Modern application security testing that is continuous and integrated with DevOps and SecOps can be transformative for business agility and security risk management. Consider these key use cases and whether your organization has embedded application security testing for each:
- Digital Transformation – moving applications to the cloud creates the need to re-establish security controls and monitoring. Fuzzing can uncover errors and missed opportunities to shore up defenses. Automated and integrated fuzzing can further preserve expedited software shipping cycles and business agility.
- Securing the Supply Chain – Open Source Software (OSS) and 3rd party applications are a common vector of attack, as we saw with Petya, so a testing regimen is a core part of a plan to manage 3rd party risk.
- Risk Detection – whether building, maintaining, or refactoring applications on premises, the process and risk profile have become highly dynamic. Organizations need to be proactive to uncover bugs, holes and configuration errors on a continuous basis to meet both internal and regulatory risk management mandates.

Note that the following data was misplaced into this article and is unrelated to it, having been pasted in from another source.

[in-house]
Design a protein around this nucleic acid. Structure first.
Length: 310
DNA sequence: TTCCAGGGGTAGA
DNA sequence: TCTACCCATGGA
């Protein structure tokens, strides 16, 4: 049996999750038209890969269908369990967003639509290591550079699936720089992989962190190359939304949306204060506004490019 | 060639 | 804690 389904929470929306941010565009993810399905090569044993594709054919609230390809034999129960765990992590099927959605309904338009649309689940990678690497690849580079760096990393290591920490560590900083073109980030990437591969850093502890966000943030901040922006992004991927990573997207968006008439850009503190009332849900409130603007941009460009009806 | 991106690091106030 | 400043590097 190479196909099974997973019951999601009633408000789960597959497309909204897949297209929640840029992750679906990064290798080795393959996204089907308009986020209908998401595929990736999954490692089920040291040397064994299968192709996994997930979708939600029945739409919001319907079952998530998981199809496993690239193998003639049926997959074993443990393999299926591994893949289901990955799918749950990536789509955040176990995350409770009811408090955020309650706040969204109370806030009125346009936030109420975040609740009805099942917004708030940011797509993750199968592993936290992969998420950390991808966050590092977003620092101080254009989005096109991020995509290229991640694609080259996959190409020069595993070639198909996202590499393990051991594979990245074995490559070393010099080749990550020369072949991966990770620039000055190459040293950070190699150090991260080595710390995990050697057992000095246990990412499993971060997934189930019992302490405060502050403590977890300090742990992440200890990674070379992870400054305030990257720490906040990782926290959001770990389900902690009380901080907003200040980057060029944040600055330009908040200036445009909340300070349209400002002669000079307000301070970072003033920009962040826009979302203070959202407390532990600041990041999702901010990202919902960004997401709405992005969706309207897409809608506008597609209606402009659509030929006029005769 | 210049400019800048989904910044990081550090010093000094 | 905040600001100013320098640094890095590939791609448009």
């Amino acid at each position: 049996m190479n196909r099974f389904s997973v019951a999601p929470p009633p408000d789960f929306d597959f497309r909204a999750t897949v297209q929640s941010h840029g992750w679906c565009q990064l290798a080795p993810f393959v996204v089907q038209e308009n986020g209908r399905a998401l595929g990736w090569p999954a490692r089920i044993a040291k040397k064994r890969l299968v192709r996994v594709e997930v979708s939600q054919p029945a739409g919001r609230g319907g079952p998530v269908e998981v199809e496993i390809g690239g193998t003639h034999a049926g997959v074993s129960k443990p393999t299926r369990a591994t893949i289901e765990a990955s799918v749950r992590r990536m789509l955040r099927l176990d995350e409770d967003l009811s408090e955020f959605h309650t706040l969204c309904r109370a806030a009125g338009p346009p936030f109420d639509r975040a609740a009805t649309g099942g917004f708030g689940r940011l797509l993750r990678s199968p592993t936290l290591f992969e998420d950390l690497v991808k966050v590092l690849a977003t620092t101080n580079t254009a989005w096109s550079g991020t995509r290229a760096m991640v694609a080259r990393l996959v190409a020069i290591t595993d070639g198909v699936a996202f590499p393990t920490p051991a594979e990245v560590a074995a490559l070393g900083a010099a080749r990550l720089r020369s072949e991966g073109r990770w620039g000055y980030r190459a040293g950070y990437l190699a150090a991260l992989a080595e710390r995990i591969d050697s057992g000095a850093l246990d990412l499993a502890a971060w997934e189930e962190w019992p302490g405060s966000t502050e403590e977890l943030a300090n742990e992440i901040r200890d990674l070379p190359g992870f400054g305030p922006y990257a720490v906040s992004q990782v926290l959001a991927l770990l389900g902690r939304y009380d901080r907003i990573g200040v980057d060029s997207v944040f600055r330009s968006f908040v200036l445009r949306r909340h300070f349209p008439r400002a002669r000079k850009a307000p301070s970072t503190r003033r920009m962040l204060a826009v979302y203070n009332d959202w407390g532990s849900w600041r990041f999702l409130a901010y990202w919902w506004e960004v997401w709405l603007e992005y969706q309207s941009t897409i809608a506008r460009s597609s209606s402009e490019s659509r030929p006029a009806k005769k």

Of course, software development and testing are about more than just tools. The process to communicate risks to all stakeholders, and to act, is where the real benefit materializes. A barrier to effective application security testing is the highly siloed way that testing and remediation are conducted. Development waits for IT and security professionals to implement the changes—slowing deployment and time to market. Legacy application security testing is ready for disruption and the built-in approach can deliver long-awaited efficiency in the development and deployment pipeline. Digital transformation, supply chain security, and risk detection all benefit from speed and agility. Let’s consider the DevOps and SecOps workflows possible on a Microsoft-based application security testing framework:
- DevOps – Continuous fuzzing built into the DevOps pipeline identifies bugs and feeds them to the continuous integration and deployment environment (i.e. Visual Studio Team Services and Team Foundation Server). Developers and stakeholders are uniformly advised of risky code and provided the option of running additional Azure-based fuzzing techniques. For apps in production that are found to be running risky code, IT pros can mitigate risks by using PowerShell and Group Policy (GPO) to enable the features of Windows Defender Exploit Guard. While the apps continue to run, the attack surface can be reduced, and connection scenarios which increase risk are blocked. This gives teams time to develop and implement mitigations without having to take the applications entirely offline.